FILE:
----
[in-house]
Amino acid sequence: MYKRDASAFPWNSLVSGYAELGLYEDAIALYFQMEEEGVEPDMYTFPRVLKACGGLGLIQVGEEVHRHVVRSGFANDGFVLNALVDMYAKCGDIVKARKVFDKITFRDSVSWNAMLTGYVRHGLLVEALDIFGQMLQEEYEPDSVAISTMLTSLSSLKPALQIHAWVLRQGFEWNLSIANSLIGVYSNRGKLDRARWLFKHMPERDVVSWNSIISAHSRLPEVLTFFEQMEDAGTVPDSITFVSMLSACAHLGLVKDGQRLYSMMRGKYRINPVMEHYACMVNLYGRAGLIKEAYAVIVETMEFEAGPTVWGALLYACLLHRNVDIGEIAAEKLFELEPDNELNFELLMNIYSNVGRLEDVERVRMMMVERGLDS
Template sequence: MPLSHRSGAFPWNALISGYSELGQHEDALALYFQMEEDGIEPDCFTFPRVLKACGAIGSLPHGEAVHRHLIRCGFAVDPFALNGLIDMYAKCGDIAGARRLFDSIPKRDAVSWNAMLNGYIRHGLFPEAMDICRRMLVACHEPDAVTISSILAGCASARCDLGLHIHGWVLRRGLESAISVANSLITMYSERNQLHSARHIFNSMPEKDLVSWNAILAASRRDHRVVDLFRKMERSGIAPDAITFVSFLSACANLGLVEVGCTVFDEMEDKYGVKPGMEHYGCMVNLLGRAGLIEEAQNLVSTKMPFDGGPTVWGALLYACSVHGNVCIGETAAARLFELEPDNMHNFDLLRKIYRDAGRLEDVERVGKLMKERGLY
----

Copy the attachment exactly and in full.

[in-house]
Amino acid sequence: MYKRDASAFPWNSLVSGYAELGLYEDAIALYFQMEEEGVEPDMYTFPRVLKACGGLGLIQVGEEVHRHVVRSGFANDGFVLNALVDMYAKCGDIVKARKVFDKITFRDSVSWNAMLTGYVRHGLLVEALDIFGQMLQEEYEPDSVAISTMLTSLSSLKPALQIHAWVLRQGFEWNLSIANSLIGVYSNRGKLDRARWLFKHMPERDVVSWNSIISAHSRLPEVLTFFEQMEDAGTVPDSITFVSMLSACAHLGLVKDGQRLYSMMRGKYRINPVMEHYACMVNLYGRAGLIKEAYAVIVETMEFEAGPTVWGALLYACLLHRNVDIGEIAAEKLFELEPDNELNFELLMNIYSNVGRLEDVERVRMMMVERGLDS
Template sequence: MPLSHRSGAFPWNALISGYSELGQHEDALALYFQMEEDGIEPDCFTFPRVLKACGAIGSLPHGEAVHRHLIRCGFAVDPFALNGLIDMYAKCGDIAGARRLFDSIPKRDAVSWNAMLNGYIRHGLFPEAMDICRRMLVACHEPDAVTISSILAGCASARCDLGLHIHGWVLRRGLESAISVANSLITMYSERNQLHSARHIFNSMPEKDLVSWNAILAASRRDHRVVDLFRKMERSGIAPDAITFVSFLSACANLGLVEVGCTVFDEMEDKYGVKPGMEHYGCMVNLLGRAGLIEEAQNLVSTKMPFDGGPTVWGALLYACSVHGNVCIGETAAARLFELEPDNMHNFDLLRKIYRDAGRLEDVERVGKLMKERGLY